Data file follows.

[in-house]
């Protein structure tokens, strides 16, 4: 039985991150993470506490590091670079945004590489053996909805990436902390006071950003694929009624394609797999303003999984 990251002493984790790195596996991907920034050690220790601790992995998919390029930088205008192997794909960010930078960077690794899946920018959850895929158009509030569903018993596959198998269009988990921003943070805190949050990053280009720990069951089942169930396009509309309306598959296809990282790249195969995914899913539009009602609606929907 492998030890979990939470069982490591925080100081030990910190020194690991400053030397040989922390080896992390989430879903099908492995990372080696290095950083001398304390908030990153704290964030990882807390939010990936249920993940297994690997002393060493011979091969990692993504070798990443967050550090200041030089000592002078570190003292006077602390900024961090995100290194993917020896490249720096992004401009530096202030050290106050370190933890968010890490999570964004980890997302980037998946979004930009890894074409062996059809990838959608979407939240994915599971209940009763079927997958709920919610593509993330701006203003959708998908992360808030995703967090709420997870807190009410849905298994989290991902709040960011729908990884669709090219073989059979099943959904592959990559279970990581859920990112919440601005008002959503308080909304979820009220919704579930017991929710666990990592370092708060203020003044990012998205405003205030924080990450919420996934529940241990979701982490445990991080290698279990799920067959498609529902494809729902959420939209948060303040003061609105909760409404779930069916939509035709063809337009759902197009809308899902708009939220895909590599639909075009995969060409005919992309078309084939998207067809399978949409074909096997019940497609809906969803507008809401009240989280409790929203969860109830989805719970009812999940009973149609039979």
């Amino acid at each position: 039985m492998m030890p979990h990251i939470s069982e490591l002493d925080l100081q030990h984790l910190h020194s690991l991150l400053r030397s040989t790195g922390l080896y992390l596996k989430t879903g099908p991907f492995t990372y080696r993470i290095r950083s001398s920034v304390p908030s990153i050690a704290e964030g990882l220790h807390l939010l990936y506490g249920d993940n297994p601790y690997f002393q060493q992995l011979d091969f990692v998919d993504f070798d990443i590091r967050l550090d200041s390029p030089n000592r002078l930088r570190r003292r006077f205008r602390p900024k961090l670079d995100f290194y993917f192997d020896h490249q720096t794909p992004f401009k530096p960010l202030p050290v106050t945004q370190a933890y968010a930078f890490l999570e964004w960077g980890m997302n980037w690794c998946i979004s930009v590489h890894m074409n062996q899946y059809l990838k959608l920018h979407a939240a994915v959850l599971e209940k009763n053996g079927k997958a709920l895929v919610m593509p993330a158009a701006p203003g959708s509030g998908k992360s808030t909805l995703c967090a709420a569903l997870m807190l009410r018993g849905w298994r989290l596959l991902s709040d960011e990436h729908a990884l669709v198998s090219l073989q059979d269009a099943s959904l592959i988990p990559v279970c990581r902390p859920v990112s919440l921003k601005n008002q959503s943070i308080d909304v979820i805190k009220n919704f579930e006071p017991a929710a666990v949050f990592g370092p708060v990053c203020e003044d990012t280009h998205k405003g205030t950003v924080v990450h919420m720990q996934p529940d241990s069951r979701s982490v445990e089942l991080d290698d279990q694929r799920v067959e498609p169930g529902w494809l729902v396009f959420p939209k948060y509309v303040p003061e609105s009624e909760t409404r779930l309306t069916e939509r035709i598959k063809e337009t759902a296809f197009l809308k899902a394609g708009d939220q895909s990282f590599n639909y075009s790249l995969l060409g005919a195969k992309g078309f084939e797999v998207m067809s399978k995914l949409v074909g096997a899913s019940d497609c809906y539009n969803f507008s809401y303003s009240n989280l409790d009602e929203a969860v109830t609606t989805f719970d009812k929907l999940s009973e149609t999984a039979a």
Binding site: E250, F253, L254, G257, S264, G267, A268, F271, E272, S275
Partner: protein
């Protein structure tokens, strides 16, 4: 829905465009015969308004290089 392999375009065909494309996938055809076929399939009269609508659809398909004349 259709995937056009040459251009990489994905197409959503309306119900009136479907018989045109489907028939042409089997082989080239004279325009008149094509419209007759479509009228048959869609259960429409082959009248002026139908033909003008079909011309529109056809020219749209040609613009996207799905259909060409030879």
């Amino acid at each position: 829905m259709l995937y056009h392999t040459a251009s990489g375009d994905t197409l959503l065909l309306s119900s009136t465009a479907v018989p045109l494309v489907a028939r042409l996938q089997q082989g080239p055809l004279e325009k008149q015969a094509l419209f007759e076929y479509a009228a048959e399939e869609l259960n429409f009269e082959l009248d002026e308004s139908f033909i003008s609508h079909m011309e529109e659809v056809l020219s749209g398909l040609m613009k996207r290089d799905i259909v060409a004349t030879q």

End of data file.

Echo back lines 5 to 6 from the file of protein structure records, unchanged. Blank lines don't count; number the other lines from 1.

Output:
Partner: protein
């Protein structure tokens, strides 16, 4: 829905465009015969308004290089 392999375009065909494309996938055809076929399939009269609508659809398909004349 259709995937056009040459251009990489994905197409959503309306119900009136479907018989045109489907028939042409089997082989080239004279325009008149094509419209007759479509009228048959869609259960429409082959009248002026139908033909003008079909011309529109056809020219749209040609613009996207799905259909060409030879």